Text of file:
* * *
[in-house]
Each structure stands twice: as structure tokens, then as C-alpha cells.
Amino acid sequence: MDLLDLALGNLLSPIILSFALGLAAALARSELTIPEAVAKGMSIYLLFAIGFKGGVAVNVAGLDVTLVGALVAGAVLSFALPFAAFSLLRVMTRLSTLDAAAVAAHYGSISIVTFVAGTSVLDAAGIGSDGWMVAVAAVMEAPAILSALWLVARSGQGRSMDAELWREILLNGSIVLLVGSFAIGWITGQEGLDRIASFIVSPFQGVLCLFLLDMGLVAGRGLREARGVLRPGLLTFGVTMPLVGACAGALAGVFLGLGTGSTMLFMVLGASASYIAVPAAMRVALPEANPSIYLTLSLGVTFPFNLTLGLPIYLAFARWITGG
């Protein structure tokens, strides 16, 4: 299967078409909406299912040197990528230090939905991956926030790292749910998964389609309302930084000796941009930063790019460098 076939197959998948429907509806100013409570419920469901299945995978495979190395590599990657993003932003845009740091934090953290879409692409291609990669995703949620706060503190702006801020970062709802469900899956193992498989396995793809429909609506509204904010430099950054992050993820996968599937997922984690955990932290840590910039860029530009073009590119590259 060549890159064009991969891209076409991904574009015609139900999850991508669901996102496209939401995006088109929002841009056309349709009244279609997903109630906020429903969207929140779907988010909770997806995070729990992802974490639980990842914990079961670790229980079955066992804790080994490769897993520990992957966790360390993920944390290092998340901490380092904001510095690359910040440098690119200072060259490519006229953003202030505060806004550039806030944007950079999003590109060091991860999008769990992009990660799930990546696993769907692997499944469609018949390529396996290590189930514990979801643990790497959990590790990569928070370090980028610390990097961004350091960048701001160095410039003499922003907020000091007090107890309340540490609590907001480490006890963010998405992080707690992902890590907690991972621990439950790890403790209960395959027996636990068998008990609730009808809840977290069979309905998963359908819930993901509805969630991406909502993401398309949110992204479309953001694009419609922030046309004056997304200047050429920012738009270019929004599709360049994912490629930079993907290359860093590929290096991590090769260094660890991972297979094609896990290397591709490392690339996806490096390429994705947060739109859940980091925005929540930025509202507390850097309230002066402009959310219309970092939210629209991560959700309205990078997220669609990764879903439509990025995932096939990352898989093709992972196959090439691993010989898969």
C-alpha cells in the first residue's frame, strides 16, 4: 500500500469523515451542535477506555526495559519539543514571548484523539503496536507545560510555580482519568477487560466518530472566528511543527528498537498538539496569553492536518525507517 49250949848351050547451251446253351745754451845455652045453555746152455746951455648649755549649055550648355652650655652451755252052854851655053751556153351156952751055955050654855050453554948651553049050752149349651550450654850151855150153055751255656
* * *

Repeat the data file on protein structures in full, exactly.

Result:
[in-house]
Each structure stands twice: as structure tokens, then as C-alpha cells.
Amino acid sequence: MDLLDLALGNLLSPIILSFALGLAAALARSELTIPEAVAKGMSIYLLFAIGFKGGVAVNVAGLDVTLVGALVAGAVLSFALPFAAFSLLRVMTRLSTLDAAAVAAHYGSISIVTFVAGTSVLDAAGIGSDGWMVAVAAVMEAPAILSALWLVARSGQGRSMDAELWREILLNGSIVLLVGSFAIGWITGQEGLDRIASFIVSPFQGVLCLFLLDMGLVAGRGLREARGVLRPGLLTFGVTMPLVGACAGALAGVFLGLGTGSTMLFMVLGASASYIAVPAAMRVALPEANPSIYLTLSLGVTFPFNLTLGLPIYLAFARWITGG
């Protein structure tokens, strides 16, 4: 299967078409909406299912040197990528230090939905991956926030790292749910998964389609309302930084000796941009930063790019460098 076939197959998948429907509806100013409570419920469901299945995978495979190395590599990657993003932003845009740091934090953290879409692409291609990669995703949620706060503190702006801020970062709802469900899956193992498989396995793809429909609506509204904010430099950054992050993820996968599937997922984690955990932290840590910039860029530009073009590119590259 060549890159064009991969891209076409991904574009015609139900999850991508669901996102496209939401995006088109929002841009056309349709009244279609997903109630906020429903969207929140779907988010909770997806995070729990992802974490639980990842914990079961670790229980079955066992804790080994490769897993520990992957966790360390993920944390290092998340901490380092904001510095690359910040440098690119200072060259490519006229953003202030505060806004550039806030944007950079999003590109060091991860999008769990992009990660799930990546696993769907692997499944469609018949390529396996290590189930514990979801643990790497959990590790990569928070370090980028610390990097961004350091960048701001160095410039003499922003907020000091007090107890309340540490609590907001480490006890963010998405992080707690992902890590907690991972621990439950790890403790209960395959027996636990068998008990609730009808809840977290069979309905998963359908819930993901509805969630991406909502993401398309949110992204479309953001694009419609922030046309004056997304200047050429920012738009270019929004599709360049994912490629930079993907290359860093590929290096991590090769260094660890991972297979094609896990290397591709490392690339996806490096390429994705947060739109859940980091925005929540930025509202507390850097309230002066402009959310219309970092939210629209991560959700309205990078997220669609990764879903439509990025995932096939990352898989093709992972196959090439691993010989898969």
C-alpha cells in the first residue's frame, strides 16, 4: 500500500469523515451542535477506555526495559519539543514571548484523539503496536507545560510555580482519568477487560466518530472566528511543527528498537498538539496569553492536518525507517 49250949848351050547451251446253351745754451845455652045453555746152455746951455648649755549649055550648355652650655652451755252052854851655053751556153351156952751055955050654855050453554948651553049050752149349651550450654850151855150153055751255656